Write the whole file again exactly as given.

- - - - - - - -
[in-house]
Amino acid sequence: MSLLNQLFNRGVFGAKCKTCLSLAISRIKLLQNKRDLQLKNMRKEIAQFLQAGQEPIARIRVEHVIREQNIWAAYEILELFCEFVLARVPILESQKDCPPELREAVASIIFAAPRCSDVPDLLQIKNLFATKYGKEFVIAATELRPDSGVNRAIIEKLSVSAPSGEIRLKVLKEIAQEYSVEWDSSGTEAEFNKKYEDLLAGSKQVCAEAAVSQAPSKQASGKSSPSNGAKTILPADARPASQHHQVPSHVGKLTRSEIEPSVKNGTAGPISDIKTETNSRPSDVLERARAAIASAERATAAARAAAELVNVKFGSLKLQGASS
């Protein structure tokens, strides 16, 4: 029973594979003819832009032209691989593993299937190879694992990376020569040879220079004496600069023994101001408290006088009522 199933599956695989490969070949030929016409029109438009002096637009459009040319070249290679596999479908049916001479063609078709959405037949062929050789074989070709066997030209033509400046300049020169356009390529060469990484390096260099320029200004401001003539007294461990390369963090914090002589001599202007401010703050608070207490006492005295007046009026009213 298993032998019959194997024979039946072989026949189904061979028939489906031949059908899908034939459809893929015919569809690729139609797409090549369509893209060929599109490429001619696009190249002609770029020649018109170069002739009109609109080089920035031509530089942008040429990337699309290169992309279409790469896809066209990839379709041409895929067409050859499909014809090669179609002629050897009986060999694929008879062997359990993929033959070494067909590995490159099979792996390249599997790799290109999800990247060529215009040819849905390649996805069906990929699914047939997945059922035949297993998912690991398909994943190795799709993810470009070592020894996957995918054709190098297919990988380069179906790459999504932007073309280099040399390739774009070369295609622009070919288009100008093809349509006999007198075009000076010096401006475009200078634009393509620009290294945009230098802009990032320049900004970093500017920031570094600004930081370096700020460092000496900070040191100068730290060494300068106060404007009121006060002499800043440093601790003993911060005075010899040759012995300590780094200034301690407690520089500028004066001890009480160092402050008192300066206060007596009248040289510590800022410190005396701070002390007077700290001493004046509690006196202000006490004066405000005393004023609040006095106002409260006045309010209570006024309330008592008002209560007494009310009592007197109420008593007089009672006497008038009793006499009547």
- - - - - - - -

[in-house]
Amino acid sequence: MSLLNQLFNRGVFGAKCKTCLSLAISRIKLLQNKRDLQLKNMRKEIAQFLQAGQEPIARIRVEHVIREQNIWAAYEILELFCEFVLARVPILESQKDCPPELREAVASIIFAAPRCSDVPDLLQIKNLFATKYGKEFVIAATELRPDSGVNRAIIEKLSVSAPSGEIRLKVLKEIAQEYSVEWDSSGTEAEFNKKYEDLLAGSKQVCAEAAVSQAPSKQASGKSSPSNGAKTILPADARPASQHHQVPSHVGKLTRSEIEPSVKNGTAGPISDIKTETNSRPSDVLERARAAIASAERATAAARAAAELVNVKFGSLKLQGASS
């Protein structure tokens, strides 16, 4: 029973594979003819832009032209691989593993299937190879694992990376020569040879220079004496600069023994101001408290006088009522 199933599956695989490969070949030929016409029109438009002096637009459009040319070249290679596999479908049916001479063609078709959405037949062929050789074989070709066997030209033509400046300049020169356009390529060469990484390096260099320029200004401001003539007294461990390369963090914090002589001599202007401010703050608070207490006492005295007046009026009213 298993032998019959194997024979039946072989026949189904061979028939489906031949059908899908034939459809893929015919569809690729139609797409090549369509893209060929599109490429001619696009190249002609770029020649018109170069002739009109609109080089920035031509530089942008040429990337699309290169992309279409790469896809066209990839379709041409895929067409050859499909014809090669179609002629050897009986060999694929008879062997359990993929033959070494067909590995490159099979792996390249599997790799290109999800990247060529215009040819849905390649996805069906990929699914047939997945059922035949297993998912690991398909994943190795799709993810470009070592020894996957995918054709190098297919990988380069179906790459999504932007073309280099040399390739774009070369295609622009070919288009100008093809349509006999007198075009000076010096401006475009200078634009393509620009290294945009230098802009990032320049900004970093500017920031570094600004930081370096700020460092000496900070040191100068730290060494300068106060404007009121006060002499800043440093601790003993911060005075010899040759012995300590780094200034301690407690520089500028004066001890009480160092402050008192300066206060007596009248040289510590800022410190005396701070002390007077700290001493004046509690006196202000006490004066405000005393004023609040006095106002409260006045309010209570006024309330008592008002209560007494009310009592007197109420008593007089009672006497008038009793006499009547």